The troubled home goods retailer had its plans authorized Friday to begin liquidation sales across its 500 remaining stores once they can reopen. Its stores have temporarily closed because of Covid-19.
Pier 1 aims to have all its stores permanently shuttered by October.
“This is not the outcome we hoped for when we began this process, and we are deeply saddened to move forward with winding down Pier 1,” said CEO Robert Riesbeck in a release.
The retailer asked asked a federal judge last week to close the Pier 1 brand “as soon as reasonably possible” because of the pandemic and failing to find a buyer to rescue the nearly 60-year-old company. It decided that an “orderly wind-down is the best way to maximize the value of Pier 1’s assets.”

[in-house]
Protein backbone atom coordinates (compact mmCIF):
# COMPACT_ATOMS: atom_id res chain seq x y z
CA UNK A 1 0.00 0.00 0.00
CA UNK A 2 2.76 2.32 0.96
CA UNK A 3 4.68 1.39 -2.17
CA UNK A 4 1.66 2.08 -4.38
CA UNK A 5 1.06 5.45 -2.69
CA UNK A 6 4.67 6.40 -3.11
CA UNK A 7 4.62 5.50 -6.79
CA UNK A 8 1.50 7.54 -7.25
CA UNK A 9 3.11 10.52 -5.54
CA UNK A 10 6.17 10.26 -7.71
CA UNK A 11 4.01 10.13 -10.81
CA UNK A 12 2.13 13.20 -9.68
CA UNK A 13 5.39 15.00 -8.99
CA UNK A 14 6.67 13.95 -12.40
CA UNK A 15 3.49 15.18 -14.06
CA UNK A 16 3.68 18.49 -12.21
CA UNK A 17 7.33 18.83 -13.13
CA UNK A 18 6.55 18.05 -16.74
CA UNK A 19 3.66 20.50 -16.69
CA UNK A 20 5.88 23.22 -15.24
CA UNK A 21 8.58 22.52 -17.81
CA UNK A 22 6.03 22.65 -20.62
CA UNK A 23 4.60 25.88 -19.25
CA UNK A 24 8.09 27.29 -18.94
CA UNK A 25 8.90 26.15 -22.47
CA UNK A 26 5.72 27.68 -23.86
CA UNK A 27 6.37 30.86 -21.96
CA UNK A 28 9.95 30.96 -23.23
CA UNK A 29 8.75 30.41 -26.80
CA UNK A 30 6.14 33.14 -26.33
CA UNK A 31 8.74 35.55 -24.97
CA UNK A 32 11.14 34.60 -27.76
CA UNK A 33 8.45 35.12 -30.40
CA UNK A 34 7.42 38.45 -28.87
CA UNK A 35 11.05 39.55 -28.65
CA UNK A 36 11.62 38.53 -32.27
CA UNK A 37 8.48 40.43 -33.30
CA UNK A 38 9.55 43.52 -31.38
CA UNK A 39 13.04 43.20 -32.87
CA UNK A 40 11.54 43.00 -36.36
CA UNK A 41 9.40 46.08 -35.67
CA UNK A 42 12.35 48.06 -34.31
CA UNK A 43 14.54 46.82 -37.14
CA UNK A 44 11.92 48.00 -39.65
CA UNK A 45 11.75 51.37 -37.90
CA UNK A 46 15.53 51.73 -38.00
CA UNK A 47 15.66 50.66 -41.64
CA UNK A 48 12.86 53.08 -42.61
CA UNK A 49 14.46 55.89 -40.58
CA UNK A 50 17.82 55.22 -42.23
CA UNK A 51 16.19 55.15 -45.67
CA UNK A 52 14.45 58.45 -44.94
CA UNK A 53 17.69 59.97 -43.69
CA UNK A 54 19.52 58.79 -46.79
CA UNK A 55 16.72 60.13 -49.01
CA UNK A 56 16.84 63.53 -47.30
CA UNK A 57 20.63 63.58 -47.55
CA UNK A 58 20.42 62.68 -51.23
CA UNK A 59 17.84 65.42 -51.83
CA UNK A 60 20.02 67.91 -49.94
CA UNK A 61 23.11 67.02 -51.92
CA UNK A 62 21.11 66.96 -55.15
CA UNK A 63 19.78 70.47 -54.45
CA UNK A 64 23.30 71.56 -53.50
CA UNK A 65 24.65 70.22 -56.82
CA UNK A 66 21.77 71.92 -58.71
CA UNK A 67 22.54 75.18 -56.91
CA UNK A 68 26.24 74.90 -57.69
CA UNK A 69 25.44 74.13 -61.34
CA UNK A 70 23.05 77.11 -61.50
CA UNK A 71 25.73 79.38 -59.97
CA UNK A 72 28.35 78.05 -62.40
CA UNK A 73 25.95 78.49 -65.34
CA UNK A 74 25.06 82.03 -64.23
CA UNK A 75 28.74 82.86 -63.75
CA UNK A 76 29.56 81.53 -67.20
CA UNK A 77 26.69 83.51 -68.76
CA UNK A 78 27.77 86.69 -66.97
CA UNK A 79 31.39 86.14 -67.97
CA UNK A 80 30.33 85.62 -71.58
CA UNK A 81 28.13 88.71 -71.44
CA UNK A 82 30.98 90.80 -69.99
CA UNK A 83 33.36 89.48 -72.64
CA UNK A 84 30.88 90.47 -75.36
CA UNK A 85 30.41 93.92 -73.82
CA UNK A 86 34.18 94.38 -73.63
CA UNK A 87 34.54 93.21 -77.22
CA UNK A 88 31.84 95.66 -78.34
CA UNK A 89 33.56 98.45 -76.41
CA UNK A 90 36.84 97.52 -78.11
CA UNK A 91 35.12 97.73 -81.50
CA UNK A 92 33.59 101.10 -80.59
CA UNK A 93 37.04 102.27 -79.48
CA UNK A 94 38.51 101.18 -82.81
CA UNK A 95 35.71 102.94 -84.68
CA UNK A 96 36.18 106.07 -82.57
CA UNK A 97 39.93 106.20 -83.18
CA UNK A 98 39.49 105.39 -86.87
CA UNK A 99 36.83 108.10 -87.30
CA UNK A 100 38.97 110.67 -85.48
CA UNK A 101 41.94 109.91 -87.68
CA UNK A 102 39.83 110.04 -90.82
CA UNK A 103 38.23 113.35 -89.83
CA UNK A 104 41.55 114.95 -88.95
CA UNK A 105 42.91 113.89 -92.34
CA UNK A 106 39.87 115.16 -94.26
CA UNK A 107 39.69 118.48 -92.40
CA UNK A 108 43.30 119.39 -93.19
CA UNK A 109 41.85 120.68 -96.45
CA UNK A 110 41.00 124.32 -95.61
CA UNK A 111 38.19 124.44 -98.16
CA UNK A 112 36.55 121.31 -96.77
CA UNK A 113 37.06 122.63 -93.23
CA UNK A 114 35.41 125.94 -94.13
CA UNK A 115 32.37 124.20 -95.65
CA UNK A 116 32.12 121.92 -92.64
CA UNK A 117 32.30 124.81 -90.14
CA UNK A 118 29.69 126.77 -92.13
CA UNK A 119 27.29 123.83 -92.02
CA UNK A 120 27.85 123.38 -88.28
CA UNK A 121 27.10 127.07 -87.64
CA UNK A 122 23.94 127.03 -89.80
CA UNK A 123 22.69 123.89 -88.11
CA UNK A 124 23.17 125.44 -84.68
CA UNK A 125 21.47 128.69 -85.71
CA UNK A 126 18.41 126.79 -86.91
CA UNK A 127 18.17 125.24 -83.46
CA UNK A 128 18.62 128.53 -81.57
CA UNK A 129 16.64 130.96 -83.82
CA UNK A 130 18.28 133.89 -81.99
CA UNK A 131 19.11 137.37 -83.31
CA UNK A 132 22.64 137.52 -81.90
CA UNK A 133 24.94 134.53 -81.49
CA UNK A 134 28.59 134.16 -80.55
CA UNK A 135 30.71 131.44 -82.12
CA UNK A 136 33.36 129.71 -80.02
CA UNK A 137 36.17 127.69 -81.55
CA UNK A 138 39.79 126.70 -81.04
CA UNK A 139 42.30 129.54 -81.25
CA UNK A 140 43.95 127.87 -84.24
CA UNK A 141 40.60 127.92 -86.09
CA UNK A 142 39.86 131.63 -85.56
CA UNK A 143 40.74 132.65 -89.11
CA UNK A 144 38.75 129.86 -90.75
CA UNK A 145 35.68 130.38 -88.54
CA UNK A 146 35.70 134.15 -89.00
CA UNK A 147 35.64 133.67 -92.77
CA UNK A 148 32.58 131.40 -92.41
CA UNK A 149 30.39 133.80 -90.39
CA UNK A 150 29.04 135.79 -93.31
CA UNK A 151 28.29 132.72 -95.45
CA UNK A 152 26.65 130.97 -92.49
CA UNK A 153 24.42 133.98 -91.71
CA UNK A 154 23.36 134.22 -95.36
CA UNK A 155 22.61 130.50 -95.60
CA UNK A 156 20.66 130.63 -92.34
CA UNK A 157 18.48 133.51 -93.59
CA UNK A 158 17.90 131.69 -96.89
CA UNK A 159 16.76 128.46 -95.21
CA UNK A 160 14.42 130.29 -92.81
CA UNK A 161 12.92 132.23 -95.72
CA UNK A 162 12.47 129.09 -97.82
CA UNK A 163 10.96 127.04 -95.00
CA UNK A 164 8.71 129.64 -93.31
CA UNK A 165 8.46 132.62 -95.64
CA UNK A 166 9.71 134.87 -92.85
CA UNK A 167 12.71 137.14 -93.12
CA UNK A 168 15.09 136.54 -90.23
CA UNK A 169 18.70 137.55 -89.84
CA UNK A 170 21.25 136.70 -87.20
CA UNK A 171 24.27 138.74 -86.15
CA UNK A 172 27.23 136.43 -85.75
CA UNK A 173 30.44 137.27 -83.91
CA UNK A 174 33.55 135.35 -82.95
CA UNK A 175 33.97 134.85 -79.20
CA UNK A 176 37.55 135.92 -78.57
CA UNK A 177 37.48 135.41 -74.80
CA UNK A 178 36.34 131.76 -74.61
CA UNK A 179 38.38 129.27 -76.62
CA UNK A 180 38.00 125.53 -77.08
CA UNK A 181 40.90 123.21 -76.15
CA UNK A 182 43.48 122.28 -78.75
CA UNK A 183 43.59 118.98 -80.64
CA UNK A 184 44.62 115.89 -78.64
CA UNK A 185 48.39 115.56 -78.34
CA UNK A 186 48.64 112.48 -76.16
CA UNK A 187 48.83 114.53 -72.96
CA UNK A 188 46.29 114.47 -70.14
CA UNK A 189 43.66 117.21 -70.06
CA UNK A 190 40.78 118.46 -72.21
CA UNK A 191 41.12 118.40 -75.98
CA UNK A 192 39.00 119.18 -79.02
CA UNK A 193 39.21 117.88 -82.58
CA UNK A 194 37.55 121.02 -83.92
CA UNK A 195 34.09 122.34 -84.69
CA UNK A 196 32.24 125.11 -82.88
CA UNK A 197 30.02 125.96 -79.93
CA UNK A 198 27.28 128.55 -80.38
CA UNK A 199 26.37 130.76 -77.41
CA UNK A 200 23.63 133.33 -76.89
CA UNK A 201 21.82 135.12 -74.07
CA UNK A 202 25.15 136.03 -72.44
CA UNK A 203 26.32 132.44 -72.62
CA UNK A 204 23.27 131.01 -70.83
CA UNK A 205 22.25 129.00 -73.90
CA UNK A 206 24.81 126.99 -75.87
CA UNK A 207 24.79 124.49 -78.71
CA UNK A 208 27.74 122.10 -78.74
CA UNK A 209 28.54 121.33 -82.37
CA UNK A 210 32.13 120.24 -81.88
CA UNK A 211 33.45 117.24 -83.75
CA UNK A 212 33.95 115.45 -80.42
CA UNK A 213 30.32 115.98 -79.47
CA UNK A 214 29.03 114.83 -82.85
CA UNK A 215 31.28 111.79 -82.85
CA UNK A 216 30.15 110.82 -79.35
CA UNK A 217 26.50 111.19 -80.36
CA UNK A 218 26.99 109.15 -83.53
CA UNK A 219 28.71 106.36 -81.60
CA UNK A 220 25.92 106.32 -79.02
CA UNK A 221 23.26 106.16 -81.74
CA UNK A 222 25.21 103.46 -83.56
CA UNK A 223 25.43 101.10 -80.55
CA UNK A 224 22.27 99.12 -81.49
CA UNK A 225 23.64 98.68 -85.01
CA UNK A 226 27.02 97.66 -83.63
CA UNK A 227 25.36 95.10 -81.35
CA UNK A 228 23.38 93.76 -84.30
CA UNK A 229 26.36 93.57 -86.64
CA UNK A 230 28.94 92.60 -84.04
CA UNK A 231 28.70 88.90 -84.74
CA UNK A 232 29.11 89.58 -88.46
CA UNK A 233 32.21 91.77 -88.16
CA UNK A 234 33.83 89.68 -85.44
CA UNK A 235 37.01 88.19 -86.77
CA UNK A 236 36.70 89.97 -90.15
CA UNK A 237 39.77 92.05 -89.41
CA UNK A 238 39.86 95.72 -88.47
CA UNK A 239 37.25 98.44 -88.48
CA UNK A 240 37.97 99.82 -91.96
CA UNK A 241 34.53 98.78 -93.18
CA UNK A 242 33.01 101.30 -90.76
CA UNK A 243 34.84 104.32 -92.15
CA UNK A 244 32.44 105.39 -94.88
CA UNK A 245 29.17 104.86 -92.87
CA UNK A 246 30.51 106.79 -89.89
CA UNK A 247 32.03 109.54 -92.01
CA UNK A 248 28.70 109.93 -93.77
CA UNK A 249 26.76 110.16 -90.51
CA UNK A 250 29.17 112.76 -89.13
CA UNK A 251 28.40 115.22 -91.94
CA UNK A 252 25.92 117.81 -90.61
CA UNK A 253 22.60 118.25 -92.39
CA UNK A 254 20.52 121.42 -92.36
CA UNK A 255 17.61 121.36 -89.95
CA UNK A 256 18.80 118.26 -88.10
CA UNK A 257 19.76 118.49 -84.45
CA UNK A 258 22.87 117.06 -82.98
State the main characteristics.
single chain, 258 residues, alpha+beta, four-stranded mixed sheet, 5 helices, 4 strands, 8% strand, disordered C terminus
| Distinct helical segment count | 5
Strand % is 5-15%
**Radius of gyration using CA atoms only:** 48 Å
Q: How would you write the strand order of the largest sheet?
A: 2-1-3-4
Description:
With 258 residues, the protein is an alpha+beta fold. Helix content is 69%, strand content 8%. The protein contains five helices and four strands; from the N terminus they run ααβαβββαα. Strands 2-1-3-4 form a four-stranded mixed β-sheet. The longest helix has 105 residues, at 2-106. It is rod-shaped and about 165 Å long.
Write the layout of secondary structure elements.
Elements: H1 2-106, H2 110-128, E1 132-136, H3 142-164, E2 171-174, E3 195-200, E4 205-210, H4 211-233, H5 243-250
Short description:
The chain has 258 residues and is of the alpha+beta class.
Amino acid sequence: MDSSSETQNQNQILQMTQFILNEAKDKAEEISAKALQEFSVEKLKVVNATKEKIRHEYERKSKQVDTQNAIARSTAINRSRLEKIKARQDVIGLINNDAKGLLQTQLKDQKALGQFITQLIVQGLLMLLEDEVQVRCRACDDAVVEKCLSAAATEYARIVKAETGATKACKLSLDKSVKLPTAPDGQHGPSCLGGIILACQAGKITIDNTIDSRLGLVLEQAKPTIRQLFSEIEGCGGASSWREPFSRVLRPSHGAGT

Pier 1 said it plans to sell its website and intellectual property in July. Orders placed on its website, which is currently promoting a going-out-of-business sale, will continue to be fulfilled.
The company filed for bankruptcy in February following years of decline. It once had more than 1,000 stores, but has struggled in recent years because of online competition and big-box chains, like Target and Walmart, strengthening their home goods offerings.
It’s becoming increasingly tough for smaller retailers to compete against them, especially this year when their larger competitors didn’t have to close their stores during the pandemic. Tuesday Morning, a discount home good chain with around 700 stores, filed for bankruptcy last week.